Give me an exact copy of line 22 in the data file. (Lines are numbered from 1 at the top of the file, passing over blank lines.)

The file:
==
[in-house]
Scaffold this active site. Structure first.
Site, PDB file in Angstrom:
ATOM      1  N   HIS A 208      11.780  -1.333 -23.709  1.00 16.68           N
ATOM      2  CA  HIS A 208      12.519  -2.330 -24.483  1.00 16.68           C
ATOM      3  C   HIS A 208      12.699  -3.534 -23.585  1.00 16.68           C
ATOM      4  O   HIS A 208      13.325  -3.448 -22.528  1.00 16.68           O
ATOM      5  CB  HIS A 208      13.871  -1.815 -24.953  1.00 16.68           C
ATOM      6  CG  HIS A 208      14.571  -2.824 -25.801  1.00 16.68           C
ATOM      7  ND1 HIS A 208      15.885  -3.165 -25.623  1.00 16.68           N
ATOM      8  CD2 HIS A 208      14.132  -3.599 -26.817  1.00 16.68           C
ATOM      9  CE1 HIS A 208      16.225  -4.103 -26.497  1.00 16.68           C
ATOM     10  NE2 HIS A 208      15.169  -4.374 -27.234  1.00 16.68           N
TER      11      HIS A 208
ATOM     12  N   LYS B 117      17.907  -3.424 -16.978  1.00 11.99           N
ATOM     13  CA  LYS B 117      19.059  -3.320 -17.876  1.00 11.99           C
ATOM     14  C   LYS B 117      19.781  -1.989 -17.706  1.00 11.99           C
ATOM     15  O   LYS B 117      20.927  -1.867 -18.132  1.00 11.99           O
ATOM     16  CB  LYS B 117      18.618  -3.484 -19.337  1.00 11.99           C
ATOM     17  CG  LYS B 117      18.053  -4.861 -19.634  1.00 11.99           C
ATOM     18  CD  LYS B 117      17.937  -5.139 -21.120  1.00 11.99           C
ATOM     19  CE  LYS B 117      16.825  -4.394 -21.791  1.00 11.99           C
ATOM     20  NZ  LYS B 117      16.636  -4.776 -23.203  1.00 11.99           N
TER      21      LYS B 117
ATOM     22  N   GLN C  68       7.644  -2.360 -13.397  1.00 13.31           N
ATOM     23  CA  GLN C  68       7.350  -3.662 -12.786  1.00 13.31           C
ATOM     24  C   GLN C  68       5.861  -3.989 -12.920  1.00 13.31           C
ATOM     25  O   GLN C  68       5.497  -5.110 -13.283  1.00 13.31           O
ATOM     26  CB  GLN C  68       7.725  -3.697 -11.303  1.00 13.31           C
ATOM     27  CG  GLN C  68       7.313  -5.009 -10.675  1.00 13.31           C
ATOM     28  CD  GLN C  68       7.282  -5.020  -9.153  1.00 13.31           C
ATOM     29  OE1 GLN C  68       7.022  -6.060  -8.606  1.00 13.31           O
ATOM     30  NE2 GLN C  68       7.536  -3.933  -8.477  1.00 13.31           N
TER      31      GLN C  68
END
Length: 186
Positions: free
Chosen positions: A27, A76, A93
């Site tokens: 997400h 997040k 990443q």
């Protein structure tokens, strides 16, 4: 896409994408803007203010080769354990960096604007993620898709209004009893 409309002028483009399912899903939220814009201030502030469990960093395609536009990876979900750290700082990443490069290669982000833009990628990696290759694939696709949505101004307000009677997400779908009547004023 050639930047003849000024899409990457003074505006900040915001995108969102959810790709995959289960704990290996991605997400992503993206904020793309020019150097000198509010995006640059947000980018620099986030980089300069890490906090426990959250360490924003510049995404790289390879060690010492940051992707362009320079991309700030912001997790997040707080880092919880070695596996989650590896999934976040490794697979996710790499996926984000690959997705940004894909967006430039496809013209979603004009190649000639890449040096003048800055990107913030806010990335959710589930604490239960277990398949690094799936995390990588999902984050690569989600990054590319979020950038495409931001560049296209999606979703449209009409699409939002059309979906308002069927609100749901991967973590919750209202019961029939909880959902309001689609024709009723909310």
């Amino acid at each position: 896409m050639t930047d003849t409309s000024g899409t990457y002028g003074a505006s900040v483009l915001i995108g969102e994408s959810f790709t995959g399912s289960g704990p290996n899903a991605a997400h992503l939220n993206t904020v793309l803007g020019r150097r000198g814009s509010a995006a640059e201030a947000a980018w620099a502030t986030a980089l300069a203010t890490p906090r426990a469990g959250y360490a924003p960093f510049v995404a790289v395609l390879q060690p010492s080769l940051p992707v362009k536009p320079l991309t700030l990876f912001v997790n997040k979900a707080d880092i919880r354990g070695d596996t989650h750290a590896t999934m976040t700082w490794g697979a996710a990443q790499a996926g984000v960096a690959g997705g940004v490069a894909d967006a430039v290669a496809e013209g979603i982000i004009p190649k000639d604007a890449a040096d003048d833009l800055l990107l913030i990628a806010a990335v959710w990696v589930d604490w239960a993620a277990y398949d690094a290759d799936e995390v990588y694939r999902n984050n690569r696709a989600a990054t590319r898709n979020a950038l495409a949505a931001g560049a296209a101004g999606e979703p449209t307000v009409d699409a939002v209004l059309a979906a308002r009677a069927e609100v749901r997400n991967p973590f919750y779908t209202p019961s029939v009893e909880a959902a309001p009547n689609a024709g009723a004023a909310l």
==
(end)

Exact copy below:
ATOM     19  CE  LYS B 117      16.825  -4.394 -21.791  1.00 11.99           C